This is often one of the first topics covered. Back titrations is one of the calculations students find challenging so look at that in particular. This is something most students are familiar with from GCSE, so it does give you a bit of breathing space to get used to how things are being done differently at the beginning of the sixth form.

2. Break down questions and draw diagrams

Keerti will be going into more detail with how to do this in the How to Revise A-Level Chemistry Masterclass.

3. Make a list of resources

There are so many YouTube channels, websites and revision guides out there now that you don't need a really big textbook. Keerti will be sharing a list of quality online resources in the How to Revise A-Level Chemistry Masterclass.

You can refer to your list as and when you need it as you go through the year.

4. Start the sixth form with a really solid routine

Make sure you have a strong weekly routine that includes revision and recapping. You need to do this right from the beginning and not start six or nine months into the course. Be consistent from the beginning and the pay-off is huge – it's well respected, you come out with a great range of skills and you have a wide range of quality degree courses open to you.

The Extraordinaries Club has a Start the Sixth Form Right masterclass to help students create the right habits and routines from the beginning of the sixth form.

What revision mistakes do students make with A-Level Chemistry?

Students tend to not really realise how much they need to memorise and apply. They will either jump right into doing practice questions without taking the time to memorise, or spend all their time memorising and not doing any practice questions. You need to make time to do both if you're going to reach your potential.

In the How to Revise A-Level Chemistry Masterclass Keerti talks about concept cards which are a quick way of summarising and remembering things and you can use these in conjunction with the Revision Power Hour for practising past paper questions.

Just like any other subject, students often get drawn into making beautiful revision notes when there just isn't time for this. The How to Revise A-Level Chemistry Masterclass will share some of the tricks of the trade so you don't waste your time on revision strategies that don't help.

Another tip for A-Level chemistry revision is to plan your revision ahead of time, and keep track of where you're at with a spreadsheet, which is something that was also covered in the How to Revise A-Level Biology Masterclass.

In summary, this is how to revise for A-Level chemistry:

  • Make notes (but not beautiful overly long ones)
  • Do practice paper questions
  • Keep track of where you're at

Should you be doing anything in addition to classwork and homework to excel in A-Level Chemistry?

Chemistry is a very broad subject and the content is the same across all exam boards. Teachers will teach you the basics, but don't have the time to do more, so will expect you to go and do some reading to fully understand concepts and understand how they work in real life.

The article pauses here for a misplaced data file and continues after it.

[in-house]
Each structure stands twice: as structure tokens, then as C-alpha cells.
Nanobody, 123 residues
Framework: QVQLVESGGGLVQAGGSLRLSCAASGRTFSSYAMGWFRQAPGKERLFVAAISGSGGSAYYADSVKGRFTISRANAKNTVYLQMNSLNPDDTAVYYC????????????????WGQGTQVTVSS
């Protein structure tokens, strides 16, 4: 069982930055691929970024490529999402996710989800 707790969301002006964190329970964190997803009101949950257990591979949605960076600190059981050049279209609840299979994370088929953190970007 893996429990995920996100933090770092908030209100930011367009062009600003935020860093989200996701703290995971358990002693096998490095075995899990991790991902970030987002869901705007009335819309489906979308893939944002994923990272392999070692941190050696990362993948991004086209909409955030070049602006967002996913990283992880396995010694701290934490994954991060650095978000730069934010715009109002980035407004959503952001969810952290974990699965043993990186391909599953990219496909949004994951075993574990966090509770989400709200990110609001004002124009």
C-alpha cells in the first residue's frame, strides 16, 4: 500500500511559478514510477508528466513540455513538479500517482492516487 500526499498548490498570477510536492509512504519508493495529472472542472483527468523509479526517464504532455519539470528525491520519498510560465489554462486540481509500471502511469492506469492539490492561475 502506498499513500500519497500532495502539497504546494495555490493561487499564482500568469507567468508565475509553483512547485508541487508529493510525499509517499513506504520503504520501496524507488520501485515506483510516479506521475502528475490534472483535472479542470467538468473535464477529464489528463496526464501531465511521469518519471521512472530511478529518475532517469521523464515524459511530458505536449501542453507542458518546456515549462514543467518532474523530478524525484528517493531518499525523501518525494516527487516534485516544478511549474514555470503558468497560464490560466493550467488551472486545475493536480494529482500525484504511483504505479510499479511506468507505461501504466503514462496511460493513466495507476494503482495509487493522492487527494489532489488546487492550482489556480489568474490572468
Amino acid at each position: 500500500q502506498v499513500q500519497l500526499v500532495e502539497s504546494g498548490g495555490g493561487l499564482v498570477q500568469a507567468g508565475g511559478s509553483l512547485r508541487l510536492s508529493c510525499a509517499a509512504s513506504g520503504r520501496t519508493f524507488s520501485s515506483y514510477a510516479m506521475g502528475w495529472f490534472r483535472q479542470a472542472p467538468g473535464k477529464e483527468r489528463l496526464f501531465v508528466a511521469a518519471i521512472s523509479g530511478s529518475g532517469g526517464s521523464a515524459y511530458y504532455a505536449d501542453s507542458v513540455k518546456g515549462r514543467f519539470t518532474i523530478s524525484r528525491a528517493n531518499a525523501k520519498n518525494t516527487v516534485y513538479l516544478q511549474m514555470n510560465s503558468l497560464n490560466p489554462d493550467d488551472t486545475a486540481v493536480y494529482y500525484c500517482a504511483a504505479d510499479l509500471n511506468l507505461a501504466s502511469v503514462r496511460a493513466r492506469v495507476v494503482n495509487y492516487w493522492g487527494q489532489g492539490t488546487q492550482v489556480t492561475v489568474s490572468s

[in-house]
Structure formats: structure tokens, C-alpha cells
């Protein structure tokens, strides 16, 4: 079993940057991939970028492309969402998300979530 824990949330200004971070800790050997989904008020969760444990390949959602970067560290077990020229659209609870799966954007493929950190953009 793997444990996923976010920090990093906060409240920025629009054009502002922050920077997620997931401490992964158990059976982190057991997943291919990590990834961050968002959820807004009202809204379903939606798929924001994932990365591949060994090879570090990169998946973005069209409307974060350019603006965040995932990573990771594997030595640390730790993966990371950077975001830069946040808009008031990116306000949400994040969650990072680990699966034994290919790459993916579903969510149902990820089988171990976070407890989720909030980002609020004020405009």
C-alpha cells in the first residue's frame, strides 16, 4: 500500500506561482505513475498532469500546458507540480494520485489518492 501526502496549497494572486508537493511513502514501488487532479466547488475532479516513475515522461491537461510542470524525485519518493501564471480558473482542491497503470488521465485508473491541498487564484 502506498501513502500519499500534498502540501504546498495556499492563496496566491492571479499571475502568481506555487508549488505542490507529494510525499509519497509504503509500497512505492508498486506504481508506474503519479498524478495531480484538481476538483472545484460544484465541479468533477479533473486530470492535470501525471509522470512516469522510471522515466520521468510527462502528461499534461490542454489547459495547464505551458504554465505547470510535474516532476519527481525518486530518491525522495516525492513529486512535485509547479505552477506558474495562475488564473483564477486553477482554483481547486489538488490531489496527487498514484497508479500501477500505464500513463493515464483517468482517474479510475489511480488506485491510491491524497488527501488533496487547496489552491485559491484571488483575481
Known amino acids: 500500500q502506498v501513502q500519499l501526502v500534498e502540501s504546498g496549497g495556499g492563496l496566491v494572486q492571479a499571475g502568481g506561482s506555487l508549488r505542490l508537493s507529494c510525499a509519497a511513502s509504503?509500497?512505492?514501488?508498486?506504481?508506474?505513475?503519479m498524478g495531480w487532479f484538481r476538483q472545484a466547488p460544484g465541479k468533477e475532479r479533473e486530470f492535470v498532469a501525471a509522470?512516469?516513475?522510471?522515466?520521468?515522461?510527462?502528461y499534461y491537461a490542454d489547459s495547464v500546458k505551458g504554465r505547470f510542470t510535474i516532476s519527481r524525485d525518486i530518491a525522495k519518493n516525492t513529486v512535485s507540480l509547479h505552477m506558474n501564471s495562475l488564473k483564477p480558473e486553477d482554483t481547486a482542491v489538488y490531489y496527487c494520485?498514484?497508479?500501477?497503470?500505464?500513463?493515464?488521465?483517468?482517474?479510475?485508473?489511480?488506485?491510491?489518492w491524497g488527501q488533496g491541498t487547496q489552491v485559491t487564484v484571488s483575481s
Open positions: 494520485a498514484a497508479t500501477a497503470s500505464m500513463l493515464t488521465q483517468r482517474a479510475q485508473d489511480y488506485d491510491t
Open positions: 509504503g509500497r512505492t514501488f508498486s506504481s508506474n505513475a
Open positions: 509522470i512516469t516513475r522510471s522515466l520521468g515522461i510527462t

So, to excel in A-Level Chemistry you need to be:

  • Doing extra reading
  • Looking at Chem Guide
  • Watching YouTube videos

This will help you to apply your knowledge to whatever questions you have in the exam because you have a broader and deeper understanding of the concepts you have learned. It will also help when you go for interviews in STEM based subjects such as medicine because chemistry A-Level teaches you the theory, but doesn't necessarily go into how it is applied – but you can be asked questions like this in interviews.

It is also worth checking out questions from other exam boards as well – the content is the same but you will learn to apply your knowledge in different ways.

How do you approach the practical aspects of chemistry?

Chemistry requires a knowledge of practical skills that many students find challenging. This includes reactants and conditions.

There are lots of YouTube channels where they carry out the experiment right in front of you such as Free Science. As you're going through the experiments at school, make sure you watch these videos and make sure you're making notes on them.

You can also make a list of reactants and add to it as you go along, learning them as you go.

In summary – don't be scared of A-Level Chemistry!

If you type ‘A-Level Chemistry' into Google there are lots of scare stories – but people have been studying it for decades and studying it well. If you have a plan and you're consistent, you can do it! And, that feeling when you truly understand it is golden, there's nothing like it.

Join the How to Revise A-Level Chemistry Masterclass

If you'd like Keerti's detailed advice on how to approach your A-Level Chemistry, you need to do the How to Revise A-Level Chemistry Masterclass in The Extraordinaries Club. In the Masterclass Keerti covers:

  • Which GCSE content you need to be 100% up to speed with in order to succeed in A-Level chemistry
  • How to cut down your chemistry revision into bite-sized chunks that make sense for your specification
  • Which revision techniques to use for the different aspects of chemistry – so you're revising in the right way to get the best marks in all types of questions
  • Common mistakes that A-Level chemistry students make and how to avoid them
  • A-Level chemistry exam technique
  • And much more!

Click here to sign-up for the How to Revise A-Level Chemistry Masterclass.


(Visited 1,898 times, 15 visits today)

Click Here to Leave a Comment Below


FREE download: 7 Top Tips to Help Your Child Reach Their Academic Potential